The City of Tulsa cautions residents to keep a close eye on personal information following the recent ransomware attack.
The city of Tulsa said anyone who filed a police report may have their personal information on the dark web. City officials said the information is part of the nearly 19,000 files leaked after a ransomware attack.
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The city said most files on the Dark Web are from online police reports and employee files. They also said anyone who made a payment to the city needs to monitor their accounts.
"As a Tulsan I was shocked," said Allie Diaz.
"Super scary, you don't want your information out there," said Alex Walenta.
Tulsans said the news that their personal information may be on the Dark Web is alarming. The city said it found out Tuesday nearly 19,000 files were shared to the Dark Web by the person or people responsible for a ransomware attack last month.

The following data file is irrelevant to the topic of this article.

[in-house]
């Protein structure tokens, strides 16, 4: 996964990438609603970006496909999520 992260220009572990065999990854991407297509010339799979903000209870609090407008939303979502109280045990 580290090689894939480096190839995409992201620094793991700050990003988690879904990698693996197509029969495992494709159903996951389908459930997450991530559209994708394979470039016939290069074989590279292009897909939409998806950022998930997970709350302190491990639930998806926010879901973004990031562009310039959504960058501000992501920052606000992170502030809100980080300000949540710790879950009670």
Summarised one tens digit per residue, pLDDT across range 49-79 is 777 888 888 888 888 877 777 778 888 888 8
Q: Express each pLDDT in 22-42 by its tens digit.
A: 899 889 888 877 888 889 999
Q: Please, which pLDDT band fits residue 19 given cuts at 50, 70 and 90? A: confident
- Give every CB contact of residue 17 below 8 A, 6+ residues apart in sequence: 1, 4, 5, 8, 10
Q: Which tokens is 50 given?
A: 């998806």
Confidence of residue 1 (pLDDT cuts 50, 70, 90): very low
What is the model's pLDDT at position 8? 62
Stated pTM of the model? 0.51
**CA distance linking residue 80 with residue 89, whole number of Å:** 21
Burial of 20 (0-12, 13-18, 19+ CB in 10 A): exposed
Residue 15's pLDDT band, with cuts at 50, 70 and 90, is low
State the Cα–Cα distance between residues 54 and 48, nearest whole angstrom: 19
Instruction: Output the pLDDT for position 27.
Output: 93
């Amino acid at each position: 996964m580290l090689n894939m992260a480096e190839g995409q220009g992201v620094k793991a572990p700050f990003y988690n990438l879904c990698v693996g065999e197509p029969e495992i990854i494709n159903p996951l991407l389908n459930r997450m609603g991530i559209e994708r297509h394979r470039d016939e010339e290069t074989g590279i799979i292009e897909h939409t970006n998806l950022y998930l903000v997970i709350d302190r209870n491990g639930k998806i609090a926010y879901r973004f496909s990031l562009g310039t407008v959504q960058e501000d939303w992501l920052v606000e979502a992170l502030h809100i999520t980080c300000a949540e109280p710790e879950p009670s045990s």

"The files were primarily online police reports and employee files," said Michael Dellinger with the city of Tulsa.
Chief Information Officer Michael Dellinger said those files have some personally identifiable information like your name, date of birth, address, and driver's license.
He said any citizens who made a payment, filed a police report, or got a ticket, or shared any personal information with the city before May 8 need to monitor their accounts and credit and debit card information, and also change their passwords.
"Our data is everywhere, and each and every one of us have to look at the people we do business with," Dellinger said.
Dellinger said it could be October before the city is fully restored after the ransomware attack but said authorities have identified who did it and they've fully rebuilt their network to prevent future attacks.
"We have actually rebuilt our entire network and strengthened that network to prevent from future attacks, so I think from that perspective, there's a light at the end of the tunnel," Dellinger said.
Alex Walenta just found out and said she's going to check all her accounts.
"You go and change all your passwords, but it doesn't really matter if it's already out there," Walenta said.
"We all pay bills, we all trust the city, and knowing anybody giving info is in harm's way is concerning," Diaz said.
The city said its water bills are on a different system, so they don't think those were compromised. The city said its Incident Response Team and federal authorities are investigating the data breach and monitoring any information being shared.